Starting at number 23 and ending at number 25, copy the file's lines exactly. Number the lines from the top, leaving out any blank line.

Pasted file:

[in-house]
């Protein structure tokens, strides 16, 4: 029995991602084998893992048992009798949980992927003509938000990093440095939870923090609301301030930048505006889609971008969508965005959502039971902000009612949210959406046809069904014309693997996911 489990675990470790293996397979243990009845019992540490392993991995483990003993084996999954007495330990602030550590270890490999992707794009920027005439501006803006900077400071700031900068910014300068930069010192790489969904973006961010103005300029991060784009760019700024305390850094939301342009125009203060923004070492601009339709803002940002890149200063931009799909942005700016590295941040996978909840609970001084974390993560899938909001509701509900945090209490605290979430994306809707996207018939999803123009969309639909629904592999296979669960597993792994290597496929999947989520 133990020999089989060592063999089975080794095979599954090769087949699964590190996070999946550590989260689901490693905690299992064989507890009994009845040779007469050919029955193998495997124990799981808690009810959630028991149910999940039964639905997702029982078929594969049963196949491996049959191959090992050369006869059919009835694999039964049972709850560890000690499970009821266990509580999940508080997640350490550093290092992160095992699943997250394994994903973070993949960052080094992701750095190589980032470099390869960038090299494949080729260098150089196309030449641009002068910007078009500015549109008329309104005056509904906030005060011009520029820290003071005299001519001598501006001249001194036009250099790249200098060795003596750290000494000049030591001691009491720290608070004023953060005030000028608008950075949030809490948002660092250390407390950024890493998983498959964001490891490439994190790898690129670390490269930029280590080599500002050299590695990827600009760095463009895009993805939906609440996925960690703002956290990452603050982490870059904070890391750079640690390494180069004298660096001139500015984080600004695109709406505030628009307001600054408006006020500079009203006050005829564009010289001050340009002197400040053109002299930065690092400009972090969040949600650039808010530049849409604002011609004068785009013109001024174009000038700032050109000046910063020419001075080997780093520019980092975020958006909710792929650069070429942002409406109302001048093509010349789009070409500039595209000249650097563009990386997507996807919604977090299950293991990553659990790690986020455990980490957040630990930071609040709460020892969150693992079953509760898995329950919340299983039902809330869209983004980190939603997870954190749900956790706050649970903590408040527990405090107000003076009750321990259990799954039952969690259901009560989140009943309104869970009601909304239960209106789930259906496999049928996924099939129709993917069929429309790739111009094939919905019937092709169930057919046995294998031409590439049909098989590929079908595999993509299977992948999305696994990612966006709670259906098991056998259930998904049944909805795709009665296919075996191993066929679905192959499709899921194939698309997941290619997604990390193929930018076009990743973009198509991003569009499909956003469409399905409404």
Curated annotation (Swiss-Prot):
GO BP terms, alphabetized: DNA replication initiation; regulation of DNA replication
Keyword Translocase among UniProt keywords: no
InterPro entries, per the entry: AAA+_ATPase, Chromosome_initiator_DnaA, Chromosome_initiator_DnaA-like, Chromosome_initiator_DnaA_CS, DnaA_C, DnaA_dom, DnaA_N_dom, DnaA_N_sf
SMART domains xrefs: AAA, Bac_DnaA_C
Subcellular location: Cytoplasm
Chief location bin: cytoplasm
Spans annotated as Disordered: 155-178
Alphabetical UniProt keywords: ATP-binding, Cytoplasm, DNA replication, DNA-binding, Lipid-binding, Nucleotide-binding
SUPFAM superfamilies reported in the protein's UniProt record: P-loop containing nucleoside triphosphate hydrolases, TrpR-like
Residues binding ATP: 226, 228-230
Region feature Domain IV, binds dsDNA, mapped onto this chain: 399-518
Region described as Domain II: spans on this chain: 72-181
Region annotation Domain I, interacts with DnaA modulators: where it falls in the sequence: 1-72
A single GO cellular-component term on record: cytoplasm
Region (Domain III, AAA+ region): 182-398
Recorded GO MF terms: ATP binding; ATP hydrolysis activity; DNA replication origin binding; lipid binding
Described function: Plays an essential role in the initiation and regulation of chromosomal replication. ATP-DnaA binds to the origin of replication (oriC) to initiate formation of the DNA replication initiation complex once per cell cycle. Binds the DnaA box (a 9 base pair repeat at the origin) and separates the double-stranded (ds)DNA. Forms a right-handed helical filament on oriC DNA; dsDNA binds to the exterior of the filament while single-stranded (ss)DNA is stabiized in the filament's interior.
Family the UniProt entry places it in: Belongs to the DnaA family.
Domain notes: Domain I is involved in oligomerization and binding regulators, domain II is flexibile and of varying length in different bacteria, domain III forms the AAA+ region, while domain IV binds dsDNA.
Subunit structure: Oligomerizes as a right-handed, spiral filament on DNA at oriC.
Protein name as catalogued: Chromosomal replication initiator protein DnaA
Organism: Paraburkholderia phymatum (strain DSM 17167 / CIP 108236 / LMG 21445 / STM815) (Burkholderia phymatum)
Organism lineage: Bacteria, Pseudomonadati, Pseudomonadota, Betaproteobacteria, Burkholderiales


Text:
Subunit structure: Oligomerizes as a right-handed, spiral filament on DNA at oriC.
Protein name as catalogued: Chromosomal replication initiator protein DnaA
Organism: Paraburkholderia phymatum (strain DSM 17167 / CIP 108236 / LMG 21445 / STM815) (Burkholderia phymatum)